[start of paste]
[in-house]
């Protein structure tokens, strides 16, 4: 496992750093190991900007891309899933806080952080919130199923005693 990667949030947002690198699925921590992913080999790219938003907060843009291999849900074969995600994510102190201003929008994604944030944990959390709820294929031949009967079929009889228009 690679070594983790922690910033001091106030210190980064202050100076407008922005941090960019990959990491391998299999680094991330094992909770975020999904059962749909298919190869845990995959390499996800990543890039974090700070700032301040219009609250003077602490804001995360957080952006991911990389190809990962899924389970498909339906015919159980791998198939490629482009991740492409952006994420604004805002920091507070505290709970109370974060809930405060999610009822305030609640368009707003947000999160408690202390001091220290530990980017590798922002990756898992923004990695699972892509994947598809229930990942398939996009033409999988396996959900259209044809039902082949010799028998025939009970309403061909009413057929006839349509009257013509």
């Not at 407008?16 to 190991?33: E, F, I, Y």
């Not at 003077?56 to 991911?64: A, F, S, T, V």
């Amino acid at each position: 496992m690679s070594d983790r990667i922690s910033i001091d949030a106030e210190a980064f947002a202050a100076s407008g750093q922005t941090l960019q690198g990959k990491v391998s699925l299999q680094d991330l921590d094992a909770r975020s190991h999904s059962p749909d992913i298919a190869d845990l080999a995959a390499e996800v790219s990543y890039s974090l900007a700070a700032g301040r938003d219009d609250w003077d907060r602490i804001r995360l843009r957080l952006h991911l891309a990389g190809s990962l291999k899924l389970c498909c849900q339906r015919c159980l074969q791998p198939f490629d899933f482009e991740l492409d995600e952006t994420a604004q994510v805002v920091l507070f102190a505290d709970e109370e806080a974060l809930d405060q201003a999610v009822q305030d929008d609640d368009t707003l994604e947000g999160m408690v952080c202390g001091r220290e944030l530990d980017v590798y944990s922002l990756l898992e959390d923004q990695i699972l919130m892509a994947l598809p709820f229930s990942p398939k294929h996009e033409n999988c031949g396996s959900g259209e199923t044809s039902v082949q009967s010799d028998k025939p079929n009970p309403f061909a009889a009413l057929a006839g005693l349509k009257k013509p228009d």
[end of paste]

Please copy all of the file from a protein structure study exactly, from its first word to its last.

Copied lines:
[in-house]
């Protein structure tokens, strides 16, 4: 496992750093190991900007891309899933806080952080919130199923005693 990667949030947002690198699925921590992913080999790219938003907060843009291999849900074969995600994510102190201003929008994604944030944990959390709820294929031949009967079929009889228009 690679070594983790922690910033001091106030210190980064202050100076407008922005941090960019990959990491391998299999680094991330094992909770975020999904059962749909298919190869845990995959390499996800990543890039974090700070700032301040219009609250003077602490804001995360957080952006991911990389190809990962899924389970498909339906015919159980791998198939490629482009991740492409952006994420604004805002920091507070505290709970109370974060809930405060999610009822305030609640368009707003947000999160408690202390001091220290530990980017590798922002990756898992923004990695699972892509994947598809229930990942398939996009033409999988396996959900259209044809039902082949010799028998025939009970309403061909009413057929006839349509009257013509």
């Not at 407008?16 to 190991?33: E, F, I, Y």
């Not at 003077?56 to 991911?64: A, F, S, T, V």
């Amino acid at each position: 496992m690679s070594d983790r990667i922690s910033i001091d949030a106030e210190a980064f947002a202050a100076s407008g750093q922005t941090l960019q690198g990959k990491v391998s699925l299999q680094d991330l921590d094992a909770r975020s190991h999904s059962p749909d992913i298919a190869d845990l080999a995959a390499e996800v790219s990543y890039s974090l900007a700070a700032g301040r938003d219009d609250w003077d907060r602490i804001r995360l843009r957080l952006h991911l891309a990389g190809s990962l291999k899924l389970c498909c849900q339906r015919c159980l074969q791998p198939f490629d899933f482009e991740l492409d995600e952006t994420a604004q994510v805002v920091l507070f102190a505290d709970e109370e806080a974060l809930d405060q201003a999610v009822q305030d929008d609640d368009t707003l994604e947000g999160m408690v952080c202390g001091r220290e944030l530990d980017v590798y944990s922002l990756l898992e959390d923004q990695i699972l919130m892509a994947l598809p709820f229930s990942p398939k294929h996009e033409n999988c031949g396996s959900g259209e199923t044809s039902v082949q009967s010799d028998k025939p079929n009970p309403f061909a009889a009413l057929a006839g005693l349509k009257k013509p228009d």